Desert of No Return

Dec 4, 2001
Outside Magazine

A line in the sand: Mike Libecki and the expedition team trek towards a distant sand ridge.

In the fall of 2001, big-wall climber Mike Libecki went from the vertical to the horizontal, ditching his ropes and portaledge for trekking poles and a sun hat to complete a grueling 600-plus-mile crossing of the Taklimakan Desert in northwest China. Beginning in late September some 3,000 miles west of Beijing on the desert's western edge, Libecki, a team of local Uighur men, and 20 camels marched eastward for 40 days through the 125, 000-square-mile Taklimakan, which boasts dunes second in size only to the Sahara's, extreme temperatures, ancient ruins, and remote human settlements.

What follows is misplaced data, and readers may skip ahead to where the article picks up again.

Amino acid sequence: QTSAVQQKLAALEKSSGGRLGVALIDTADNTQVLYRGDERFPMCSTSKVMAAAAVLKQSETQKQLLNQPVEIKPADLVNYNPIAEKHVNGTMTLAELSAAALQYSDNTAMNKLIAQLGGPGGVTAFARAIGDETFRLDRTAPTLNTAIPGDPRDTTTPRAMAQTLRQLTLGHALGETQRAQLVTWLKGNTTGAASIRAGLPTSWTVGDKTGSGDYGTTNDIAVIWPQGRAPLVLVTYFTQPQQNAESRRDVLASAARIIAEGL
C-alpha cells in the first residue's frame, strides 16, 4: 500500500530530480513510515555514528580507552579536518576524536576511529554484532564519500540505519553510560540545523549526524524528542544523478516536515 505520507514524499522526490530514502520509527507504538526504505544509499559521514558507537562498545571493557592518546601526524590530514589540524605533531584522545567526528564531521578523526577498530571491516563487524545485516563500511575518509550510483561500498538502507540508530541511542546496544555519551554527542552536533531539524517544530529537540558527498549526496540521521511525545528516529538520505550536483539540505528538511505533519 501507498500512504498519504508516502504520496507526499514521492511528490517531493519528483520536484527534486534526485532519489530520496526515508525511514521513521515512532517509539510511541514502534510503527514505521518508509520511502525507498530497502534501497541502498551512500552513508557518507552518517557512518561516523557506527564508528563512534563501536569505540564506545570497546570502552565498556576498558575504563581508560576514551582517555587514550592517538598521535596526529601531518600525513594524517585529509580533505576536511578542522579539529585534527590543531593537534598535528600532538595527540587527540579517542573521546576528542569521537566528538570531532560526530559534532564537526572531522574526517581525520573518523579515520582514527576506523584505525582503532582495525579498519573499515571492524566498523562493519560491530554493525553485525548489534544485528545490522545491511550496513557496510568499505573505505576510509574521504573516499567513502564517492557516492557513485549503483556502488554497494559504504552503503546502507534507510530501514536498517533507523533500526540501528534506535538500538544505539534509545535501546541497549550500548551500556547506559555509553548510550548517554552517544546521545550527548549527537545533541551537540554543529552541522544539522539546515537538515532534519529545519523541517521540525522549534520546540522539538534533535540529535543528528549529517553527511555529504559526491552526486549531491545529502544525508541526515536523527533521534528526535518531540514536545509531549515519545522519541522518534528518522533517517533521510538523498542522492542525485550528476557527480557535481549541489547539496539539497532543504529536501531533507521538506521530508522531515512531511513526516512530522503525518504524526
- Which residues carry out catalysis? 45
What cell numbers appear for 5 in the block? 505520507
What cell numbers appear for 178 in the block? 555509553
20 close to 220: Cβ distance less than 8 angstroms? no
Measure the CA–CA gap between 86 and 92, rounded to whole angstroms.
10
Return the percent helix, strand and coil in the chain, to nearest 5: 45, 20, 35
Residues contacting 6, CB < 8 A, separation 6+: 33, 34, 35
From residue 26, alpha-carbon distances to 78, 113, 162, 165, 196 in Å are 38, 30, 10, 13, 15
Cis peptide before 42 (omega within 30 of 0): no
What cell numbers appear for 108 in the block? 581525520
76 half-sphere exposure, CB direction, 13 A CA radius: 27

The challenge of crossing the Taklimakan—a feat that has proved disastrous for most non-motorized expeditions—was made all the more daunting the day before it started when Libecki severely burned his left foot. Convincing Chinese officials that he was fit to proceed, the expedition went on. His photos tell the story of agonizing work, swallowing sands, unruly camels, and remarkable perseverance in one of the most remote—and most beautiful—landscapes on earth.

Filed To: China

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